Week of November 1, 2009

Cool Spots
Back Issues
Visit the Featured Web sites to find the answers.

Is the planet Mars hot or cold?

About how long was Puijila?
100 cm
110 cm
120 cm

Who is Simon's best friend?

Life Beyond

giant squidHow many times have you gazed up into the sky and wondered whether life exists beyond our planet? PBS' The Quest For Life, www.pbs.org/
, has the answers. Did you know scientists are currently monitoring radio waves to find out if aliens are really out there? Meteorites are also possible links to space life. Read up on these falling stars and decide for yourself if you think we came from dust. But there’s no doubt about one thing: We are just one small part of a very large universe.
Nominate a cool Web site at:

Discovering Puijila

film projectorSee it slither and slide on its belly and then watch as it gets up on two legs! Get the scoop on Puijila, The Prehistoric Walking Seal at http://nature.ca/puijila/
. This amazing fossil discovery in Canada has helped scientists figure out the missing link between land- roving seal-like animals and their sea-loving, swimming compadres. Click on About the Animal to see evolution in action, and then check out photos to get an eyeful. You will never look at these slippery suckers the same way again!

Red Alert Readiness

potteryHang out and have a good time while you brush up on your safety smarts with Rover and his Safety Ranger friends at CodeRedRover.org, http://coderedrover.org. Pop over to the Safety Zone for a bunch of cool downloadables, including an emergency escape plan you can implement in your own home to help keep your family safe. If you want to have some fun while learning to stay safe, visit others for a ton of amazing options. You can play games that test your memory, games that will have you searching for words and a classic old standby: tic-tac-toe.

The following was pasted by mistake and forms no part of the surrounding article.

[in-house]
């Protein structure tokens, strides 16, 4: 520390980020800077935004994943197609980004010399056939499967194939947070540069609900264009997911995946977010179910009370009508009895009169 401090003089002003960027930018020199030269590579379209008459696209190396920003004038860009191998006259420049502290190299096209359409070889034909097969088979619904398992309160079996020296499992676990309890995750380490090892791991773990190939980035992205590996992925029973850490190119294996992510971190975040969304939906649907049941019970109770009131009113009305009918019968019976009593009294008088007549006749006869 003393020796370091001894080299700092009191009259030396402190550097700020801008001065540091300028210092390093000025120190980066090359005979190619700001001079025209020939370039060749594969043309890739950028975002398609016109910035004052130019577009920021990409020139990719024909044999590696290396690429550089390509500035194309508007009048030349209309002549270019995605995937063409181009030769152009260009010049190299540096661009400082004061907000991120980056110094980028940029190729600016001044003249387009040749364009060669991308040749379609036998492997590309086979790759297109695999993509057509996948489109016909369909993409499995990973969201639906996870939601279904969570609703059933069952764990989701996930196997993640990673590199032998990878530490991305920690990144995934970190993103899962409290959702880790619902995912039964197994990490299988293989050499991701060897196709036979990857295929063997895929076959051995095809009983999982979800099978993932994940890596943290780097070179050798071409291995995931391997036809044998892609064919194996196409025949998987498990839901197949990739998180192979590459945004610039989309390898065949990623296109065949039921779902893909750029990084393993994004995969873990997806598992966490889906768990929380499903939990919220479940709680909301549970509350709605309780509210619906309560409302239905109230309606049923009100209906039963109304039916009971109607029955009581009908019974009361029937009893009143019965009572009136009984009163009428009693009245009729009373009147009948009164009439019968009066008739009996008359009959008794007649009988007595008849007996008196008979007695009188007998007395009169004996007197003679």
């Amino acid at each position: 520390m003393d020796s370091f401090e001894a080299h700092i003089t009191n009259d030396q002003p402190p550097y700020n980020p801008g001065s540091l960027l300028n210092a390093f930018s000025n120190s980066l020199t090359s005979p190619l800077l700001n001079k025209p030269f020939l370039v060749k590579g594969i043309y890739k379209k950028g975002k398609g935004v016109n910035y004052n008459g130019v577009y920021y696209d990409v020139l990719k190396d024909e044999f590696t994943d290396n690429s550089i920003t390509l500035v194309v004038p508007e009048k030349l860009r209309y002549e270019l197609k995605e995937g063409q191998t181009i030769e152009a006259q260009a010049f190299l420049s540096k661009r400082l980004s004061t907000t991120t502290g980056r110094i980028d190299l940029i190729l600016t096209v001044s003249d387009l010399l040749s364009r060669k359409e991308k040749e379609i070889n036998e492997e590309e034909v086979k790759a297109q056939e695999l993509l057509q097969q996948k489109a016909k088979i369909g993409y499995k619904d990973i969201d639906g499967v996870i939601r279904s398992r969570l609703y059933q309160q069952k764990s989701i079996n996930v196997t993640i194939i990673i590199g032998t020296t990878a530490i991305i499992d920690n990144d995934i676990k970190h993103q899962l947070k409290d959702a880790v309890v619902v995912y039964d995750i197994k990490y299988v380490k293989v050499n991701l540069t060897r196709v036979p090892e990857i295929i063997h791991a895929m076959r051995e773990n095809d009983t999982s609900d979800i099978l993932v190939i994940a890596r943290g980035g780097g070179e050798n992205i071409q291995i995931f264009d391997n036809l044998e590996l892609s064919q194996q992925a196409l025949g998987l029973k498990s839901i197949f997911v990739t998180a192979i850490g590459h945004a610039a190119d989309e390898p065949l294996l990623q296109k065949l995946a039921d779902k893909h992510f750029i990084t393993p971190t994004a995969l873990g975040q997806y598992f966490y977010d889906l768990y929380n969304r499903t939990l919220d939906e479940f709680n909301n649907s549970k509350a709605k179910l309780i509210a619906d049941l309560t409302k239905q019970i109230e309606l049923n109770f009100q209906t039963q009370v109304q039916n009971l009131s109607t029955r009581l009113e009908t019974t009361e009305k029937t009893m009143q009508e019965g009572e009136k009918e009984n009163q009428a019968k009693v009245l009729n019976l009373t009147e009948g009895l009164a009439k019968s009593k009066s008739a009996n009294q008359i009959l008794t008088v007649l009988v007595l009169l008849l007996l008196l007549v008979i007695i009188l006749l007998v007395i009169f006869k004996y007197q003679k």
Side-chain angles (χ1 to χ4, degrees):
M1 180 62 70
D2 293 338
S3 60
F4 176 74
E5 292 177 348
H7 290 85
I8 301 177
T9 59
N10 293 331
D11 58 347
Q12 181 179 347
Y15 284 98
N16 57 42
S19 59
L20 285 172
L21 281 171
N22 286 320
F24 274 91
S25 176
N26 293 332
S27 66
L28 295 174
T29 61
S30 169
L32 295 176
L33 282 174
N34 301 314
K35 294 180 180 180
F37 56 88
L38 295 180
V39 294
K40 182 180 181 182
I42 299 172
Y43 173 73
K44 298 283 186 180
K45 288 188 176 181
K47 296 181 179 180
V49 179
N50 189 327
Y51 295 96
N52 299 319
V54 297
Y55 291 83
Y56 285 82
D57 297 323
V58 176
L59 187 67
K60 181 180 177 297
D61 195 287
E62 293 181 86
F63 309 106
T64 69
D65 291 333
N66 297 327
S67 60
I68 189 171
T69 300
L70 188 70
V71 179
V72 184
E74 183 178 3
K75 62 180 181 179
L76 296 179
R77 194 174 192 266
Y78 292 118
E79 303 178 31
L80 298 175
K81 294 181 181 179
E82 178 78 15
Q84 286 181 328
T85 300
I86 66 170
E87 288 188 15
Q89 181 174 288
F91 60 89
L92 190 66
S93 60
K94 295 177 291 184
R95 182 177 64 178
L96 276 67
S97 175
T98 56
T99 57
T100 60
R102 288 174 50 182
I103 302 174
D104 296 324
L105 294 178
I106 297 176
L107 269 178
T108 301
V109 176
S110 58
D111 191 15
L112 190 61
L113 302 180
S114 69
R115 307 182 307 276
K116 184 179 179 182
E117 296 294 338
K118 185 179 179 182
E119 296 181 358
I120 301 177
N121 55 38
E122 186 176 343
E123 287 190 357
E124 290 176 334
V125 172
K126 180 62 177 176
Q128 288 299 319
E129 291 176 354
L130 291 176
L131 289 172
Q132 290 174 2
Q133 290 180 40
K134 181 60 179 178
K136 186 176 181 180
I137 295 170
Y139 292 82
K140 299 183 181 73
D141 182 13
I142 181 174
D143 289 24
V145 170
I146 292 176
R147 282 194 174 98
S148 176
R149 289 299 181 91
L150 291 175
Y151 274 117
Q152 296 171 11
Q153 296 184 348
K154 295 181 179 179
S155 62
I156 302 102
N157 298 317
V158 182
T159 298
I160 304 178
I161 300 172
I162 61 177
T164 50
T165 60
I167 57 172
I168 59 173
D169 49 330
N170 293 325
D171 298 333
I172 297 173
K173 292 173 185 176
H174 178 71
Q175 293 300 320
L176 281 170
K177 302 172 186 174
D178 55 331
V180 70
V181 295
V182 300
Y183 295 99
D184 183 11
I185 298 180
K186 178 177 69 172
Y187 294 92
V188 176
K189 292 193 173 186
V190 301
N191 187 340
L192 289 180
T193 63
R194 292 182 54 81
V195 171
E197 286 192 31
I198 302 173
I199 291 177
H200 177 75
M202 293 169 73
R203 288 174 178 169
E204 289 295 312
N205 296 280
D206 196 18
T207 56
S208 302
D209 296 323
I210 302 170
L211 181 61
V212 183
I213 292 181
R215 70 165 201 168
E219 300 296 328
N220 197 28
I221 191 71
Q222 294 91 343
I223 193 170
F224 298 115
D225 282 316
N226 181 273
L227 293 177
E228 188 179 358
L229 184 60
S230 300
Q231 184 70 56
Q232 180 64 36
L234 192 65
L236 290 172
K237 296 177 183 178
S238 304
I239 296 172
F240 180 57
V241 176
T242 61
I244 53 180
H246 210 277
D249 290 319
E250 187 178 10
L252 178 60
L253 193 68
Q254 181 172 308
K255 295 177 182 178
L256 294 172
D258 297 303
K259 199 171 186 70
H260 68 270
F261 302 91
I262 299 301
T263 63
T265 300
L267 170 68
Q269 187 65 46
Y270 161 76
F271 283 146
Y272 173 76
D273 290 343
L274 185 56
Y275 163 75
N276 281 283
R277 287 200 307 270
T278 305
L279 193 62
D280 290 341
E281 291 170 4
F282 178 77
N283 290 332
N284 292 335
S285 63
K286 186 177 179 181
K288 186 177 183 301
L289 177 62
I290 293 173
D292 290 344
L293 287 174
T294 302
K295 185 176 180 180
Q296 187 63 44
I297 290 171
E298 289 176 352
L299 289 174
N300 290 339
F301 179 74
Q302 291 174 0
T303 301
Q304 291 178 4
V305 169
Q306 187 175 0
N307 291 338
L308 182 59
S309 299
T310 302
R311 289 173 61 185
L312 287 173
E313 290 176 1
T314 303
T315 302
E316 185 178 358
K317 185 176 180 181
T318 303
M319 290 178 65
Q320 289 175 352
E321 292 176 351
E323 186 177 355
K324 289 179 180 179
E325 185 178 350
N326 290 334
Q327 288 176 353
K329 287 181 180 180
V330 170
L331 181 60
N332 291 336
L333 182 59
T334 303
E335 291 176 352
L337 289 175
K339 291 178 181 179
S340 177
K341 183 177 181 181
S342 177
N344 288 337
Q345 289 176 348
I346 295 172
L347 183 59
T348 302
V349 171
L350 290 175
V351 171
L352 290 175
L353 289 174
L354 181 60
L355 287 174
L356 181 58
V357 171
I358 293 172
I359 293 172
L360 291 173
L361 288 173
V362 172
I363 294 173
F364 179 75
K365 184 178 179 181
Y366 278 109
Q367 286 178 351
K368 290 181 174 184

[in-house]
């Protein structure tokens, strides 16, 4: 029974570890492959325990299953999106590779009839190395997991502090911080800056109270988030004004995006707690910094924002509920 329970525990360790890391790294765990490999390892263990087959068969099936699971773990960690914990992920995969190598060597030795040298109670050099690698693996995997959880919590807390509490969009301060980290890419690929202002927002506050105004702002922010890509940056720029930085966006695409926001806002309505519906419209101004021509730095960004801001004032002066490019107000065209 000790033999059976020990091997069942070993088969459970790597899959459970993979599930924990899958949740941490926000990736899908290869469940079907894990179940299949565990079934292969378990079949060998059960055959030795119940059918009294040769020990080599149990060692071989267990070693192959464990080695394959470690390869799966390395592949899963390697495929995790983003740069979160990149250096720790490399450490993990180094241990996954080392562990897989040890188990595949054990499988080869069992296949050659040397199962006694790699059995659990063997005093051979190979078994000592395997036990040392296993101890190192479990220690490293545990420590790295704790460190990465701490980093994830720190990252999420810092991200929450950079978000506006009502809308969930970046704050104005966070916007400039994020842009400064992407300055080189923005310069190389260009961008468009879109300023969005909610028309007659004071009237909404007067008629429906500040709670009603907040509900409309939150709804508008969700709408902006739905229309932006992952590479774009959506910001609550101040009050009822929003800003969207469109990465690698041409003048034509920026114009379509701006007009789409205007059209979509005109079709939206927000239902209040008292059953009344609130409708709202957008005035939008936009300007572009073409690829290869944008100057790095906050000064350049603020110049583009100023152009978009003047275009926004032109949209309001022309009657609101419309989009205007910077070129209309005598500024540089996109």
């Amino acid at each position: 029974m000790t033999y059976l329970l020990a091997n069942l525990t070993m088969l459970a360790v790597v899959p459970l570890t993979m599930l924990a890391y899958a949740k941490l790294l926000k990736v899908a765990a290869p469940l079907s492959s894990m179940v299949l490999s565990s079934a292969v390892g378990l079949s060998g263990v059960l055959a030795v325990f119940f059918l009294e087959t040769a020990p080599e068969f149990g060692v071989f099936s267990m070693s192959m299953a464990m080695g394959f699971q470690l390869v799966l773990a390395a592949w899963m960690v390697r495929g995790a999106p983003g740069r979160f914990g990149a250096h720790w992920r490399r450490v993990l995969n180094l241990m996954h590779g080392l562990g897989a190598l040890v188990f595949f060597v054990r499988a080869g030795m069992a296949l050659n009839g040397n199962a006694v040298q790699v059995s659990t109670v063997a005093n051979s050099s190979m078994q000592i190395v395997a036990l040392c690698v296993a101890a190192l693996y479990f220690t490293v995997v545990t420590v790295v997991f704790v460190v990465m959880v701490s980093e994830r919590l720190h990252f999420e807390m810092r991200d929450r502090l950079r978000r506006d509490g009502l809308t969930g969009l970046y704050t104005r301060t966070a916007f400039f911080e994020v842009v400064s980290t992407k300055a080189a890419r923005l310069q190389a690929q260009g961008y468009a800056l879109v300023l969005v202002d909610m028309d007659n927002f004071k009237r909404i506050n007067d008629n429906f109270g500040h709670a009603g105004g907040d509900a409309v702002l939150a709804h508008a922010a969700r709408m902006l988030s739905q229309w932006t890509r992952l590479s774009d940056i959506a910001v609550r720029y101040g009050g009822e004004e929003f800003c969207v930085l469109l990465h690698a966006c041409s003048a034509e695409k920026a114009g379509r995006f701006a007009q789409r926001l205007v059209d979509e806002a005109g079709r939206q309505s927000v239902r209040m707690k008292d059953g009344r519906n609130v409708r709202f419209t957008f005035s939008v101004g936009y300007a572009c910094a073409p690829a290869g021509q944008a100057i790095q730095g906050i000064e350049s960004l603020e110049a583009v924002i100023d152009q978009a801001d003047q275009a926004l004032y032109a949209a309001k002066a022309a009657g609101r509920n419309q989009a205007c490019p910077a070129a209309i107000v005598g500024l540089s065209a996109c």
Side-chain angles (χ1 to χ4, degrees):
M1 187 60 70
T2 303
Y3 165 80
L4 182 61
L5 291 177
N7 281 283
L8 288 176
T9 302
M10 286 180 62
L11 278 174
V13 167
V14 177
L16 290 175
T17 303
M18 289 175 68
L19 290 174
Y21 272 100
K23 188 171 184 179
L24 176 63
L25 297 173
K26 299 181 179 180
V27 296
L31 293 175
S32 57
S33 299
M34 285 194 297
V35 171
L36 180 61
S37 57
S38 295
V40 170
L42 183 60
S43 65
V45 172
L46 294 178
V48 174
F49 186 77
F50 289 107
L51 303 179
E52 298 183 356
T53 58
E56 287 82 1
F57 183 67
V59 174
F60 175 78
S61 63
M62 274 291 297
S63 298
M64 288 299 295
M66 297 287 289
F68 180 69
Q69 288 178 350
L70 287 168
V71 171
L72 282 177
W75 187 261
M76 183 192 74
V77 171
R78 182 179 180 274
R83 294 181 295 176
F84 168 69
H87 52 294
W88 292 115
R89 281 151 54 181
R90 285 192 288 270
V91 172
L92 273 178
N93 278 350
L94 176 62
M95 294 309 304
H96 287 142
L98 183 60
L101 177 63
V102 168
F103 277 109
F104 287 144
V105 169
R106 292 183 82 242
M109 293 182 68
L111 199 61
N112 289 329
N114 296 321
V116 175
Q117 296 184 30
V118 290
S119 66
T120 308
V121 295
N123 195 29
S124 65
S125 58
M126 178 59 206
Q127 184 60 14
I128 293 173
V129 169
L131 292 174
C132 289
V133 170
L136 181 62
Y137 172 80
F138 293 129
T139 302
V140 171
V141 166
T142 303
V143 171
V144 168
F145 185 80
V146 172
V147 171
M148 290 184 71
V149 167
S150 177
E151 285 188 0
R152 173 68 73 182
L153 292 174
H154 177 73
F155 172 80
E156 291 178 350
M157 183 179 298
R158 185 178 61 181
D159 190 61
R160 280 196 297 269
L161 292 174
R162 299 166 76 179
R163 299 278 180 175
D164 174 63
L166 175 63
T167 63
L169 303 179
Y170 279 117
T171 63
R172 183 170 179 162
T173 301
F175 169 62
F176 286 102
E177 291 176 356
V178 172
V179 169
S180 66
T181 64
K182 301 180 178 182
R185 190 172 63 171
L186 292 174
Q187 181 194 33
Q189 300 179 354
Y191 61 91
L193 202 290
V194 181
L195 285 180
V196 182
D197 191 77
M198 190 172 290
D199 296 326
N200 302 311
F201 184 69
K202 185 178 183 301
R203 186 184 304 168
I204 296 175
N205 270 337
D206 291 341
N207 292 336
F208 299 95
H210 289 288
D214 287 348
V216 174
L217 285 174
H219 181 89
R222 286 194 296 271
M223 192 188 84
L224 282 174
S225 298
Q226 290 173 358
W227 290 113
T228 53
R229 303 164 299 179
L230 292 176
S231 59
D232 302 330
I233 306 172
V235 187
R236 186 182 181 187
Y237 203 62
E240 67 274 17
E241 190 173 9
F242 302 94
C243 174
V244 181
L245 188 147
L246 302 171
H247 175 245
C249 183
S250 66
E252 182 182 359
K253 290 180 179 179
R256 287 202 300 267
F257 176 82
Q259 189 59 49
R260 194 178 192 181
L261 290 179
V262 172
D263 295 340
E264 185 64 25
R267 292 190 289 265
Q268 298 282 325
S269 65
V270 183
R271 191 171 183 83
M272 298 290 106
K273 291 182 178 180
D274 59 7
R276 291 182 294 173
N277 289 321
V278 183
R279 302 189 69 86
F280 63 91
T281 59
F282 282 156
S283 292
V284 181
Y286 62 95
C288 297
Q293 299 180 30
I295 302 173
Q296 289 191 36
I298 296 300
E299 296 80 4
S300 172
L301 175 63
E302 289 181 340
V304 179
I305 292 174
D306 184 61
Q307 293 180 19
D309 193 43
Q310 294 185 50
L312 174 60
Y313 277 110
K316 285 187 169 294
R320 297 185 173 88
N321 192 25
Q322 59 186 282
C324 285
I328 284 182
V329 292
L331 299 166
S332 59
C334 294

Speak Out

What is your favorite after-school snack?

Speak Out Here!

Visit the Nano-world

If you've ever looked through a microscope, you know that everyday objects look a lot different. A sample of pond water under a microscope reveals interesting microorganisms such as the water flea. Scientists are able to look at an even smaller secret world using extremely powerful microscopes. This really, really tiny world is measured in nanometers. One nanometer is one-billionth of a meter, and it takes 10 million nanometers to make one centimeter.

Scientists are inventing cool stuff at the nano-level. This nanotechnology can help solve a wide range of problems, from preventing stains on fabrics to combating cancer. Nanotechnology is even being used to create more efficient solar power. Want to learn more? Check out Nanooze, www.nanooze.org, for articles, games and a blog dedicated to the latest nano-news. Got a nano-question? Ask one of the experts in Scientist Q&A. You'll see the world in a whole new way!


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